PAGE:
For more than just 'is it raining?'
Most weather apps come with radar, but it can leave something to be desired, especially for those who are a little more dependent on the weather's wicked wiles. For storm chasers, meteorologists, and weather enthusiasts looking for more advanced radar on their Android devices, we've looked through the cream of the crop with KXXV-TV Meteorologist Conley Isom and we've arrived at the best three for your Android. And just our luck, each one suits a particular niche for a particular type of user.
A note on location before we begin: due to the differences in meteorological services between countries and continents, we've limited this article to Level 3 radar apps for the United States. Our apologies to our international readers.
1. For amateurs and light users — MyRadar
MyRadar is a good jumping off app for those who are just beginning to get into meteorology or only need a more advanced radar during the rare supercell or snowstorm. This app is free — with in-app purchases to get rid of ads and add on extra services like XX — and it's very easy to use. MyRadar is the only app in this list to automatically mesh the radar data from different station and allow you to see statewide or eve nationwide radar data all at once.
MyRadar could actually double as your weather app in a pinch, as once you've got your location in the crosshairs on the map you can pull down on the current conditions, forecasts, and details on current conditions. MyRadar is also a radar app with wide availability, with apps not only for Android and iOS, but also Windows 8, Windows Phone, and even Google Glass, if you happen to have a pair.
"For those who just want to see when it will rain, MyRadar is great."
In Isom's words, MyRadar may not be quite advanced enough for storm chasers, but it's a good simple app for those who don't need all the bells and whistles that more expensive apps have, but there are a few advanced features for users to play with, as well. If you're not used to looking at advanced radar programs, then this is where you should get your feet wet before you dive into more powerful radar apps.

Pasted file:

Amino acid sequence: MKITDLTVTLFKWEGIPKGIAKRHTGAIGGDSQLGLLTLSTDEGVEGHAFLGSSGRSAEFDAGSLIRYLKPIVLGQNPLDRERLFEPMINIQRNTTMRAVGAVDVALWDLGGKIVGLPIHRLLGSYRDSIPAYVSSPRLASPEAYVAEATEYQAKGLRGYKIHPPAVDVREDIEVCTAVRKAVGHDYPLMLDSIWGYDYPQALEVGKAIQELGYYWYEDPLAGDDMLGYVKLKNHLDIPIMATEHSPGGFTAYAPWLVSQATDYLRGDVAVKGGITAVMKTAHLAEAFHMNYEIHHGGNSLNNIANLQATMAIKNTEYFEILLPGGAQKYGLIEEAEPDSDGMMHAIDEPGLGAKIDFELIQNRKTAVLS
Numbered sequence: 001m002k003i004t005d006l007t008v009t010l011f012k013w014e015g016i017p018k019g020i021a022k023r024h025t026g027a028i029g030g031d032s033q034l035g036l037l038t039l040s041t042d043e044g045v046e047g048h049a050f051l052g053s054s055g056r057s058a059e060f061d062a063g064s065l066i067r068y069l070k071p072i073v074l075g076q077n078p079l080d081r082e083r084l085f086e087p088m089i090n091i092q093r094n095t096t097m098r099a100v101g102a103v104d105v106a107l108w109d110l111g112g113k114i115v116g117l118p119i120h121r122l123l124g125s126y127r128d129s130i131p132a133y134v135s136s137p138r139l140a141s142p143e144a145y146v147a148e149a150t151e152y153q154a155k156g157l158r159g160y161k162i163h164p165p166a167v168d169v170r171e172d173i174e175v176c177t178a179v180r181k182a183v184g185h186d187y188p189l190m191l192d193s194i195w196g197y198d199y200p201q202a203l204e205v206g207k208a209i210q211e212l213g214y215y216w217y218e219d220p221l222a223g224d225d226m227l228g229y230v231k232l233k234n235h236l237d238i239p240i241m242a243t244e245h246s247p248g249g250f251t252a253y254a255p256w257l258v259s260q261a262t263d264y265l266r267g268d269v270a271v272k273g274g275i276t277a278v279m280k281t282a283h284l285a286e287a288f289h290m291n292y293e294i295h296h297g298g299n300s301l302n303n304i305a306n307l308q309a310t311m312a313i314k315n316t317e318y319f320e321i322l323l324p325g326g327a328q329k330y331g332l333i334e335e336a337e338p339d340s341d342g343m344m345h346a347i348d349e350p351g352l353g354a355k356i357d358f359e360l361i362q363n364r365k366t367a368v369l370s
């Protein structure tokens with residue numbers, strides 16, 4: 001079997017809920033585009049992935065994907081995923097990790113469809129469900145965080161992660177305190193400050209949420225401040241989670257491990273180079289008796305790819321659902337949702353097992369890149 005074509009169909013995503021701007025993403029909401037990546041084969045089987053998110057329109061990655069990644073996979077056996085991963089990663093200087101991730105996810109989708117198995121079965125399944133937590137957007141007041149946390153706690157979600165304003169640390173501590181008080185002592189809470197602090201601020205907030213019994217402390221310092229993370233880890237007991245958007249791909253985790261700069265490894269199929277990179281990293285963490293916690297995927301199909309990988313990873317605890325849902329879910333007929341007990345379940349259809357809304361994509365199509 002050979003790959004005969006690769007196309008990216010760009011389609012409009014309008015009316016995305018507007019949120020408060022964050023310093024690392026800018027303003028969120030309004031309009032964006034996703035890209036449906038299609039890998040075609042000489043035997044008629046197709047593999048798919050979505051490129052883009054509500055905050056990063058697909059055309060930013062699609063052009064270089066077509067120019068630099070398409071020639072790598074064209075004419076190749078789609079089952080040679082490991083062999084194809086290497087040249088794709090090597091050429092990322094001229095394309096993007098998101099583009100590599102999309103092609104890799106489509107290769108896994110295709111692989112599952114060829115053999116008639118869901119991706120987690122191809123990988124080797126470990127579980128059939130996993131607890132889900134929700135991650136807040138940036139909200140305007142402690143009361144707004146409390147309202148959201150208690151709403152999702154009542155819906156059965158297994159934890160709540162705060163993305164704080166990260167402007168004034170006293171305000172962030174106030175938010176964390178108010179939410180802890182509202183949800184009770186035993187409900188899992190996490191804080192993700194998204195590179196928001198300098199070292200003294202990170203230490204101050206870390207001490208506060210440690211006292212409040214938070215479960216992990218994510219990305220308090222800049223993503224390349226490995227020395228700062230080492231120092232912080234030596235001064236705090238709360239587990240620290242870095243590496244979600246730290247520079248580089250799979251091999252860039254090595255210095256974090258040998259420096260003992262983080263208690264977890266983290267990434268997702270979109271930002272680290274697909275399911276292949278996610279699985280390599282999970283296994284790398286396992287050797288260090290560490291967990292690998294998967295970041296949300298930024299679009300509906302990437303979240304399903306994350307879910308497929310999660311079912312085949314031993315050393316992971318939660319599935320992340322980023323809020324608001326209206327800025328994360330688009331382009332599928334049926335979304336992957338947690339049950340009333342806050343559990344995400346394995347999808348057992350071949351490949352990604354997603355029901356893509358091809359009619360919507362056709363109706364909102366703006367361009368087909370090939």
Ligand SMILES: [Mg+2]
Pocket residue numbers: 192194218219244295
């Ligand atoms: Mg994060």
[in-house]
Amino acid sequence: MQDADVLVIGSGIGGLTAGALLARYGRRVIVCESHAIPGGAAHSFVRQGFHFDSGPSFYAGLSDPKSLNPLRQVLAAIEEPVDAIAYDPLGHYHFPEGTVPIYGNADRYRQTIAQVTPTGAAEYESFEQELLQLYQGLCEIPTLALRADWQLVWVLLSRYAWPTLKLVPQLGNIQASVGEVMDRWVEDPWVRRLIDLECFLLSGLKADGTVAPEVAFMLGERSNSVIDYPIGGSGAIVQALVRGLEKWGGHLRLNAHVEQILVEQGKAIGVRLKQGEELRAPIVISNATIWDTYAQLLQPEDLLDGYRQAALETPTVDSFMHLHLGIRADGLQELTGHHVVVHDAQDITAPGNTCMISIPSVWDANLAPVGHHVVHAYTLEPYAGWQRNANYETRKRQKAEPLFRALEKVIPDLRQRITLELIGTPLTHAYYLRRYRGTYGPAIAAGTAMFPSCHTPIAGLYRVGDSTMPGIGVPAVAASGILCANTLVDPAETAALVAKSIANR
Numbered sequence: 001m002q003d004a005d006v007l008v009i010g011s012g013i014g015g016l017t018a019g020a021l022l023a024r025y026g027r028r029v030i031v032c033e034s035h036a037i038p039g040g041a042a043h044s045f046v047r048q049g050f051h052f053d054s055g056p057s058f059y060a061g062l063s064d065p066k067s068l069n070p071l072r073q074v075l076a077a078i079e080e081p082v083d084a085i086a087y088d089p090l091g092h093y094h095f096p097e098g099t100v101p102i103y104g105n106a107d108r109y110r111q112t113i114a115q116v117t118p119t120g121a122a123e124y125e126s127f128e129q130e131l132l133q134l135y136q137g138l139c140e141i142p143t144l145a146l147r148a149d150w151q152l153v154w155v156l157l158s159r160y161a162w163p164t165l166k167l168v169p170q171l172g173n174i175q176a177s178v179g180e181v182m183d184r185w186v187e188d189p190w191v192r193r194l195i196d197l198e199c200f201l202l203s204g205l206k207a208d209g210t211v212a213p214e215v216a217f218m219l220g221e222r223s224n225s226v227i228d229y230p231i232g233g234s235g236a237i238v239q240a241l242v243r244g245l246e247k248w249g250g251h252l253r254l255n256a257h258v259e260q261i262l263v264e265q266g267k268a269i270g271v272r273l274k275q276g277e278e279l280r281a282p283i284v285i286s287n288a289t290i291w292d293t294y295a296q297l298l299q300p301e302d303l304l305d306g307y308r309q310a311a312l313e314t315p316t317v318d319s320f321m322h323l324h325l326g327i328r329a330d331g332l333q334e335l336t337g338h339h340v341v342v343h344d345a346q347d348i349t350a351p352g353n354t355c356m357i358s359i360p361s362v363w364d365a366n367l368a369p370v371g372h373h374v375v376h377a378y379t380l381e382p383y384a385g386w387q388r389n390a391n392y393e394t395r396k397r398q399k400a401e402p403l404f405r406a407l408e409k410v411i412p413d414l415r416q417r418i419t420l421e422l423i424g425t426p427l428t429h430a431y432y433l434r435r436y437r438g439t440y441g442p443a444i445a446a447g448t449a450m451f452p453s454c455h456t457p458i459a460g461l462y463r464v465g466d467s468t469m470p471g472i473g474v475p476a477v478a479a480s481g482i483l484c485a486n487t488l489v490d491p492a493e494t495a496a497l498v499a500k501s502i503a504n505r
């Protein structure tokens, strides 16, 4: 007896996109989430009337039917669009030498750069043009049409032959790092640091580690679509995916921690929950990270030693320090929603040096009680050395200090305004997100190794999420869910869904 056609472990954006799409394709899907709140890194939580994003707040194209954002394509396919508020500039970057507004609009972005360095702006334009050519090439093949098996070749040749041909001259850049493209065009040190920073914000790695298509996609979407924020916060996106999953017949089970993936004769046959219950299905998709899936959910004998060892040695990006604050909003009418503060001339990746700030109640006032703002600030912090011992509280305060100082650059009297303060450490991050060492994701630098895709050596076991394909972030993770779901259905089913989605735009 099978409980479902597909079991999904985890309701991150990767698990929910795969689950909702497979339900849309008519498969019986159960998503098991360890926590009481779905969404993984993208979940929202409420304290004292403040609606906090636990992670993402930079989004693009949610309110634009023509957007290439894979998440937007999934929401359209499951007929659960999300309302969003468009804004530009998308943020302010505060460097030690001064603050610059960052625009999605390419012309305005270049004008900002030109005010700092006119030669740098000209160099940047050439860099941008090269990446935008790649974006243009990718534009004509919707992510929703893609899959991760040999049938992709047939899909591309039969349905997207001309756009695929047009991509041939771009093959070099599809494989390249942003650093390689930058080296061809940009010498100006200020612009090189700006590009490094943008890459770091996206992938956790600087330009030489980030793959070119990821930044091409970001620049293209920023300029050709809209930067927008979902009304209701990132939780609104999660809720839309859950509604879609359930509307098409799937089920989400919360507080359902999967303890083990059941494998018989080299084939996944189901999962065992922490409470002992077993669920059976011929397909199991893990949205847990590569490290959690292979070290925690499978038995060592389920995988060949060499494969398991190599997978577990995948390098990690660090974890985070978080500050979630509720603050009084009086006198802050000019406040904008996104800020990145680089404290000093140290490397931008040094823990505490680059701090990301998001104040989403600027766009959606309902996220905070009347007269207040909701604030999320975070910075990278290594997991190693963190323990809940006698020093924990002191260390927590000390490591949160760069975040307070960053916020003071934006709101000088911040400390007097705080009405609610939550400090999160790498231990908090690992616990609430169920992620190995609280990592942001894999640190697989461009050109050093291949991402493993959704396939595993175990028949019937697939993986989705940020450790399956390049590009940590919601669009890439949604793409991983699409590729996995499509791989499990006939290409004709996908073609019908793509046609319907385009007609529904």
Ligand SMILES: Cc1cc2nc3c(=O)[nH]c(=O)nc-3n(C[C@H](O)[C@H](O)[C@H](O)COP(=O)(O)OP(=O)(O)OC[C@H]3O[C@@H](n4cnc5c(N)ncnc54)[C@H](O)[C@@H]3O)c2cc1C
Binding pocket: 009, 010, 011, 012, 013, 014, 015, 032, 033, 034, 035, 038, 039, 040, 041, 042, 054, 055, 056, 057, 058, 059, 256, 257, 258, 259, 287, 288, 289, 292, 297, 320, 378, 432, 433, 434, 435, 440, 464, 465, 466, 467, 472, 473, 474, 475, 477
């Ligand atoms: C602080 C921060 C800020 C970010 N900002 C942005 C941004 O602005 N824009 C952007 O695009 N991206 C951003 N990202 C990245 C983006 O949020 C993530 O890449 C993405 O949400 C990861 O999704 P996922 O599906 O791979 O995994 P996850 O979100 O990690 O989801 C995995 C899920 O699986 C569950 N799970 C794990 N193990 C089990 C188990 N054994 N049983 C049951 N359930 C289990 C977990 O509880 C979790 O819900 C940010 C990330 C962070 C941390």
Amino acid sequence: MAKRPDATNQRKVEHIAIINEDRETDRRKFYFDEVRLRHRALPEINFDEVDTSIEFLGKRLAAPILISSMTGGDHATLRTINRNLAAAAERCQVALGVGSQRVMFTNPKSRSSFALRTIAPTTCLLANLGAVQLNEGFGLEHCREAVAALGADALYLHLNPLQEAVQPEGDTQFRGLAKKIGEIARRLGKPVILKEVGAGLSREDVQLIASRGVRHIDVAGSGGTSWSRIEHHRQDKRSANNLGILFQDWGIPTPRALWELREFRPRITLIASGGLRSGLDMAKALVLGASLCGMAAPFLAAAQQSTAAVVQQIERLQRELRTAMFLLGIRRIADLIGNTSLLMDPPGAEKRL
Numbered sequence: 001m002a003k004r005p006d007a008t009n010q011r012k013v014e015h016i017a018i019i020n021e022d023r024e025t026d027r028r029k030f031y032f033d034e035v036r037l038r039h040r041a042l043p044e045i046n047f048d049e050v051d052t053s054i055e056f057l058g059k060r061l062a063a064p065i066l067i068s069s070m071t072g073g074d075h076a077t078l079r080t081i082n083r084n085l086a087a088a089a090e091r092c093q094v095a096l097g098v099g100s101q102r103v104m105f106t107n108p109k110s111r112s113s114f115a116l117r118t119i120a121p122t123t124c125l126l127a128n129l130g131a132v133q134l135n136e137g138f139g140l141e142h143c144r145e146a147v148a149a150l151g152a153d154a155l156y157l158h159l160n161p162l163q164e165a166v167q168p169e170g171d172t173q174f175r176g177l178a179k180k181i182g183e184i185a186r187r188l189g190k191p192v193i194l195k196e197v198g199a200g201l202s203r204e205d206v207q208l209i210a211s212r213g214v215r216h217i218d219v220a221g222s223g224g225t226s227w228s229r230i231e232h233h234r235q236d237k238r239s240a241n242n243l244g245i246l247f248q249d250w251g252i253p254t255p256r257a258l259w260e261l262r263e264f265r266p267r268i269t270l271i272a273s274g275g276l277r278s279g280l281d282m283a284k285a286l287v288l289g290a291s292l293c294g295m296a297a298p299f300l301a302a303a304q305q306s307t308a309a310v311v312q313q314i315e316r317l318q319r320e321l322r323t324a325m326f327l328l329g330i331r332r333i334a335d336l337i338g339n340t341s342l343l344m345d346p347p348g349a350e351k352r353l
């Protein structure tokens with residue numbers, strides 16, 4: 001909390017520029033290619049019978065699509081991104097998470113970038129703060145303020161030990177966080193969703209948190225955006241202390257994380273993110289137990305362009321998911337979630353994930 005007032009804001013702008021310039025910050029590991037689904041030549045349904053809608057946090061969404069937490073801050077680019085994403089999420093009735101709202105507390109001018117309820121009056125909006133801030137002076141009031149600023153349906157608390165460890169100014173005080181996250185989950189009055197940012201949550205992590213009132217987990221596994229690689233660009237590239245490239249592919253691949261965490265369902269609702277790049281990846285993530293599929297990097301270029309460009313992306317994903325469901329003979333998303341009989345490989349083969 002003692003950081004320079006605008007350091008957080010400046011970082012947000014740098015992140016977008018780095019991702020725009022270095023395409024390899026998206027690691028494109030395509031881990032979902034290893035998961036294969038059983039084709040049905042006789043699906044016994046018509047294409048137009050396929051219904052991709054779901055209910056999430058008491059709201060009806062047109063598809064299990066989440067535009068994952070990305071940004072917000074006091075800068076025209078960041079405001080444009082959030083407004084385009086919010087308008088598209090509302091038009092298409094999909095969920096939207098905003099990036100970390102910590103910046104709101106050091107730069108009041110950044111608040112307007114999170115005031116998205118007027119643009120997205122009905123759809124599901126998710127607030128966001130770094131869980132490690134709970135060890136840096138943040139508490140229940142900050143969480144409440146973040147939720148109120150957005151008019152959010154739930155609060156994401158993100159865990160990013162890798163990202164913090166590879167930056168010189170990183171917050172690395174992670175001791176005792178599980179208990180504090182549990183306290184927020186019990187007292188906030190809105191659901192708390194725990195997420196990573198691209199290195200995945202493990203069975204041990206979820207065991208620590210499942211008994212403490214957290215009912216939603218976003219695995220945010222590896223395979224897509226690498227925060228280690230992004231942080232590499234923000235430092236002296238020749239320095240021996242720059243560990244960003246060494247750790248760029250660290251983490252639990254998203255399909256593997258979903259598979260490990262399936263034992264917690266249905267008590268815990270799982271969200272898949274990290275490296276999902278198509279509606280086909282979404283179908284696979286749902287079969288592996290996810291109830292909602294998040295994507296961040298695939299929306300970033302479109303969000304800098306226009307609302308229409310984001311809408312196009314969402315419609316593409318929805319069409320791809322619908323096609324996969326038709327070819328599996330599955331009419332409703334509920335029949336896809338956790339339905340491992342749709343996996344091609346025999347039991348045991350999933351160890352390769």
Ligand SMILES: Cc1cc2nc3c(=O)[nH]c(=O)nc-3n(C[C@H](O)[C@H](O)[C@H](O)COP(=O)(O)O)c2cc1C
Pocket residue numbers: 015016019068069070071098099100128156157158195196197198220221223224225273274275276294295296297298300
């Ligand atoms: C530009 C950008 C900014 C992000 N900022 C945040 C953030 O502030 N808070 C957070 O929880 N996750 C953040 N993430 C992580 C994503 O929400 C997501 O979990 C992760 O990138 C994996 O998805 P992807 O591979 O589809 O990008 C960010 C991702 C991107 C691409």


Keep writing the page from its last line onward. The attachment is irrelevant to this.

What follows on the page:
2. For storm chasers — Radarscope
Radarscope is a jump up from MyRadar, in features, in detail, and especially in price. It is ten dollars, and there are additional subscriptions for weather data services like AllisonHouse.com. Radarscope also allows you to log into Spotter Network and see where other spotters are on the map. For advanced Level 2 radar data including lightning data, you can tack on a separate subscription to Radarscope Pro.
"Almost every TV meteorologist I know uses this as their mobile radar source."
When choosing what radar you want to pull data from, your radar stations are organized by state. If you're switching between relatively close radar stations, you can also tap the radar button on the bottom of the map and pick the radars as they appear, allowing you to quickly switch stations without leaving the map. Radarscope is the radar app that Isom has been using for years, and he highly recommends it for those who need to track storms during severe weather events.
3. For advanced users — PYKL3
PYKL3 (pronounced pickle) Radar is the radar app with the most bells, whistles, and options, and for ten dollars, it should be a fairly robust app. Like Radarscope, PYKL3 allows additional subscriptions to be handled either in-app or for you to tie into services like Allison House, Caprock Weather, and Spotter Network. It's not updated as often as the others — the last update was in December, and the developer team isn't nearly as active as other radar apps. Having said that, PYKL3 is still one of the more stable radar apps out there.
PYKL3's real draw is in the customization within the app, as you can customize the colors of your radar and radar color tables. Keep in mind that for all that customization, PYKL3 also has the highest learning curve. It always displays the current location, your current view, and data source, and allows you to easily switch between a myriad of reflectivity, velocity and storm relativity views. Besides the learning curve, our main gripe with PYKL3 is that touching and dragging the map around can give you whiplash with just how sensitive it is.
According to Conley Isom, PYKL3 will be more useful for users who want to really customize their data and their maps as opposed to users who just want to get in and get to tracking or chasing. However, that customization can be a double-edged sword to users who don't want to mess with a dozen settings while trying to pick out hooks in a line of supercells.
So, do you use a dedicated radar app? Are you content with MyRadar, or do you need the power of Radarscope or PKYL3? Chime in below in the comments.